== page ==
Spain’s carne conflict highlights scale of Europe’s meat emissions challenge

Minister provokes fierce backlash after suggesting Spaniards should eat less meat.



July 13, 2021


It's not a good time to organize a barbecue for Spain's ruling politicians.


In the past few days, the left-wing coalition government has been bickering over meat-eating. Consumer Affairs Minister Alberto Garzón from the hard-left Podemos party appeared to take the rest of the government by surprise when he launched a campaign called "Less meat, more life," urging Spaniards to consume less meat for the sake of their health and the planet.


The campaign ignited a national debate about the impact of a carnivorous diet, and Socialist Prime Minister Pedro Sánchez pithily slapped down his minister, saying: “A perfect steak, that’s unbeatable for me.”


The internal fight came just as Brussels prepared to unleash a gigantic stack of climate legislation called the Fit for 55 package on Wednesday, intending to slash the bloc's greenhouse gas emissions by 55 percent by the end of the decade.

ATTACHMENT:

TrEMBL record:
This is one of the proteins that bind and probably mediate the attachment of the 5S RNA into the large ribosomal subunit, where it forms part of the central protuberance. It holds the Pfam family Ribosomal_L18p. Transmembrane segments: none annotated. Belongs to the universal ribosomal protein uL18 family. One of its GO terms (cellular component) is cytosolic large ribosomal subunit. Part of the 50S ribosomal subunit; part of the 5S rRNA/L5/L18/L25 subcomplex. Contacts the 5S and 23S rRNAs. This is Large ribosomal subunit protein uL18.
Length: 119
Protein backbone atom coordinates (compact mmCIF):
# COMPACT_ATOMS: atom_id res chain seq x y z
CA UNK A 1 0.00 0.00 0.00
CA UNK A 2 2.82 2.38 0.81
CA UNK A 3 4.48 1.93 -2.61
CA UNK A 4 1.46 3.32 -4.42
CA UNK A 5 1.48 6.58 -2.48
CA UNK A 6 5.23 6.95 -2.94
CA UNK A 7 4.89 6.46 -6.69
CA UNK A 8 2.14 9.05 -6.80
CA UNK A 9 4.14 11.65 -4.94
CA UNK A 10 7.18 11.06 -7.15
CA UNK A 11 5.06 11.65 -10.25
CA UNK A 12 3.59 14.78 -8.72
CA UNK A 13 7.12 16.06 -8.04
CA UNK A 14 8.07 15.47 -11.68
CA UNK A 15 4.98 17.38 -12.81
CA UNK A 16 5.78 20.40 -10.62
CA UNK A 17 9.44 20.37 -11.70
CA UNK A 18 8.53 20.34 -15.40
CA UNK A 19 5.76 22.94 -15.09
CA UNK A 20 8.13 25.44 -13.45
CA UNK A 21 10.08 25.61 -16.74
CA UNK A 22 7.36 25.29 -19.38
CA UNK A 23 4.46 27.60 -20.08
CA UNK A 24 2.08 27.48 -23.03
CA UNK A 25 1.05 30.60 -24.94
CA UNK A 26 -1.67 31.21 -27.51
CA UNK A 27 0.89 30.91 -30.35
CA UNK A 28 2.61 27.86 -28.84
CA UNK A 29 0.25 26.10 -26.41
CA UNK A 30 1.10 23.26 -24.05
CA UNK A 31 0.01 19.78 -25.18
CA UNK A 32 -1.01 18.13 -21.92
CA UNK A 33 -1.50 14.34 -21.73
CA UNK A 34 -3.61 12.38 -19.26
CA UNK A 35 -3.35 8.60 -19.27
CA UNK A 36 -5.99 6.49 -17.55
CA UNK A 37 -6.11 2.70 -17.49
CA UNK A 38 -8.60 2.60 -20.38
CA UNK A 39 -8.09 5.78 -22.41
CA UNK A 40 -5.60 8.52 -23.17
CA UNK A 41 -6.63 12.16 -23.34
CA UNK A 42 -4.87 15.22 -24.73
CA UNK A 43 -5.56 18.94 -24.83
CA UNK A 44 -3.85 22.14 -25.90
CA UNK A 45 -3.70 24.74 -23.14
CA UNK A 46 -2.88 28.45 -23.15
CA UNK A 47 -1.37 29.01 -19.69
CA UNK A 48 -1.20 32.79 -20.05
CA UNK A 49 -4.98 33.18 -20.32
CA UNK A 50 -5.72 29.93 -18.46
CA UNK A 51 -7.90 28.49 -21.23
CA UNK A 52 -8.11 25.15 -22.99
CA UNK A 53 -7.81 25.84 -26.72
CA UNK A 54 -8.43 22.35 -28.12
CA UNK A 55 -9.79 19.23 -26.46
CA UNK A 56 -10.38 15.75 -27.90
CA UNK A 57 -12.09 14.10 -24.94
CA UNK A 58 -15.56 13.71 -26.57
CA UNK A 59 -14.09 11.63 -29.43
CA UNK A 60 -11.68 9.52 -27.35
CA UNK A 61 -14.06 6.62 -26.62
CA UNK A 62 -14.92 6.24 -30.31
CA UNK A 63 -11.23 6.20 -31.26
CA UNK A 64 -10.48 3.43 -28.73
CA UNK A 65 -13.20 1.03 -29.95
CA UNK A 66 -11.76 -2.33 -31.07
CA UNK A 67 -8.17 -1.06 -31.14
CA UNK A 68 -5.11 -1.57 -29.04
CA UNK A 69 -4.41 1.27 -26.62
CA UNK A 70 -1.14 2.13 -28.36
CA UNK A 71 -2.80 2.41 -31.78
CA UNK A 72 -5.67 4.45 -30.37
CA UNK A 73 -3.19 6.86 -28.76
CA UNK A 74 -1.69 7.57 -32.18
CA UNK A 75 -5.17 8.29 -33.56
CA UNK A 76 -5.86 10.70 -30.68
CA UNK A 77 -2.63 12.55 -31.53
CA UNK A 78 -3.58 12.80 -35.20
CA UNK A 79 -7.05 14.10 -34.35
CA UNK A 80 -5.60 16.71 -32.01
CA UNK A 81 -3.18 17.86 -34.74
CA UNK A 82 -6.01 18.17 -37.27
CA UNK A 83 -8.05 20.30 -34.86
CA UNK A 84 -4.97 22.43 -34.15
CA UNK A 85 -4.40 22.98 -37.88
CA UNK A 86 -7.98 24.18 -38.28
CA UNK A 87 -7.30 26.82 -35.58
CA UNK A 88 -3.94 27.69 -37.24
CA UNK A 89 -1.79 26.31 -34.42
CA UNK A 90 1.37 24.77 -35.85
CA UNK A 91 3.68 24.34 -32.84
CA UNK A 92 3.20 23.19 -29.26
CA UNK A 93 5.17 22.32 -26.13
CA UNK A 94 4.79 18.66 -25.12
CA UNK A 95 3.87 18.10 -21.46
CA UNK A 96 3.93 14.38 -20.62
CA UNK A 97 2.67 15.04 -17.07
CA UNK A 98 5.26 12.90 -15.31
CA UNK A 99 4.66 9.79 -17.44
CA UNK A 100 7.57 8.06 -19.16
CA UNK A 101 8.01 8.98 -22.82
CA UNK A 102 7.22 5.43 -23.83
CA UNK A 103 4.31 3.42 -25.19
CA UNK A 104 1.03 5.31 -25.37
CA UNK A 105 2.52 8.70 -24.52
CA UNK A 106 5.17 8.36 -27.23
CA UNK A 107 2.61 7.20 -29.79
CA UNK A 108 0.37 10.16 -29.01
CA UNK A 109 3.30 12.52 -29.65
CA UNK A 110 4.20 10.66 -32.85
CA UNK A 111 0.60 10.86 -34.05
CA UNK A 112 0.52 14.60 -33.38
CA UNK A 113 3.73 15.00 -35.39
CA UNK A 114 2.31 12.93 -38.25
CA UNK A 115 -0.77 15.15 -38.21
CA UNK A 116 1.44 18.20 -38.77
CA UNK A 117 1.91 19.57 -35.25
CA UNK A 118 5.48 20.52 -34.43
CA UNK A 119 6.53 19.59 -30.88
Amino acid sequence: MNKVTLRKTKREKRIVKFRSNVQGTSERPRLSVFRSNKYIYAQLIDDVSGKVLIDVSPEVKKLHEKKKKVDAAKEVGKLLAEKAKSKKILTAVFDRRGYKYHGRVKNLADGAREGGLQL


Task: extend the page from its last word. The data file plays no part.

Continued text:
But Spain's debate on the climate impact of farming animals shows just how tricky it will be to get Europe's livestock sector to change its polluting ways, especially as meat-eating is so firmly rooted in many EU countries' cultures.


The word Sánchez used for steak in his response was the almost untranslatable chuletón — a Spanish delicacy, similar to a T-bone, typically made from cows raised in the north of Spain.


Consumer protections minister Garzón, a 35-year-old communist and economist, announced his campaign in a six-minute video on Twitter, viewed more than 900,000 times since last Wednesday. "Eating too much meat damages our health and also that of the planet," he said in the video, which contains a split-screen image merging a cow with the exhaust-pipe end of a car...


Angry emissions ...


Continental challenge ...


Hungry horizons ...


more, including links